Your social media copywriting gurus probably didn’t consider that you have limited brain bandwidth, work only 24 hours a day, and don’t have a huge team.

A Challenge You Need to Accept: Turn off the Perfectionist for 24 hours. 

Is your inner perfectionist dying to get out, screeching on the blackboard that’s your mind when writing any form of copy? Trust me, silencing that demon is no easy task; you can take it from me.

The master of perfectionism, getting things done and not done at the same time (somebody help).

But just like the sunken cost fallacy, your monkey brain won’t do it unless it’s instilled with loss or fear.

Here’s a brilliant idea – How about we do that here?

What You Stand To Lose In Perfectionist Mode

  1. Content Systems: Do you have a content system in place? If you’re following a content calendar or any content plan, there’s a high chance you do. Say goodbye to any system if your tasks leak over the next day.
  2. Guilt-free me-time: Value your me time more than anything else. Nature walks, playing games, binging OTT platforms, goodbye mental peace, family time.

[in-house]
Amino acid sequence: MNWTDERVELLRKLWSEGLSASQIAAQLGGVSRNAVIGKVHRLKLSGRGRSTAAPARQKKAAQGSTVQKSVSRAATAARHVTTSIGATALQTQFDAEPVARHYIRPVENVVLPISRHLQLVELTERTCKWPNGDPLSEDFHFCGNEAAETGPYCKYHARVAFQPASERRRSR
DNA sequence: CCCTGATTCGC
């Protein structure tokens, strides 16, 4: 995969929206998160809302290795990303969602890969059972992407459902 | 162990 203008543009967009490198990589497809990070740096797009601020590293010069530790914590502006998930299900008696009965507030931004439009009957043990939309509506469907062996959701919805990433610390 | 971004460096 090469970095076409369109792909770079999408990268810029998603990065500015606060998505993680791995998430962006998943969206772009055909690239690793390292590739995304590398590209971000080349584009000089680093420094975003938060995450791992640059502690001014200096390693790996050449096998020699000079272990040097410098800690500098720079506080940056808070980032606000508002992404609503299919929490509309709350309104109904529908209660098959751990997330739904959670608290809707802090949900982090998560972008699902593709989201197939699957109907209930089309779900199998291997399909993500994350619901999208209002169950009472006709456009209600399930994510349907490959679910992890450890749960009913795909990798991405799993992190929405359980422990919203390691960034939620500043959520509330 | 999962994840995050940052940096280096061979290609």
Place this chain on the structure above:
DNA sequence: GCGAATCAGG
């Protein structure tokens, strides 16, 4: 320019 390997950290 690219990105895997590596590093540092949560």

3. Health and Productivity: When was the last time you woke up to see a ton of tasks on your to-do lists? Take a breath of fresh air and tell yourself, ‘Ah! What a perfect morning’. Time blocking on your Google Calendar or iCal, there is much to do to “hustle” in the true sense of the manner, and you’re worrying about pent-up tasks.

What Does a Guilt-Free Solopreneur Even Look Like?

You can’t follow what you can’t see, and you can’t know what you can’t feel or plot on your mental map.

Imagine going to the gym without knowing what kind of workout day it is.

Imagine knowing what kind of meal plan you’re following throughout the week.

As an entrepreneur or solopreneur, you know exactly what it felt like before you overcame those issues.

Copy-editing is much the same way.

While this blog will primarily focus on time techniques, management, and tips you can follow, feel free to check out this one, where I discuss copy-editing techniques.

So here’s what a guilt-free solopreneur lifestyle looks like:

1. Creating your online presence without disgust: One of the best ways to create online content can be batching, but not the traditional way. The fact of this decade is – you need an online presence if you want to be taken seriously and be “liked” without the dopamine chase of building an audience for “likes.”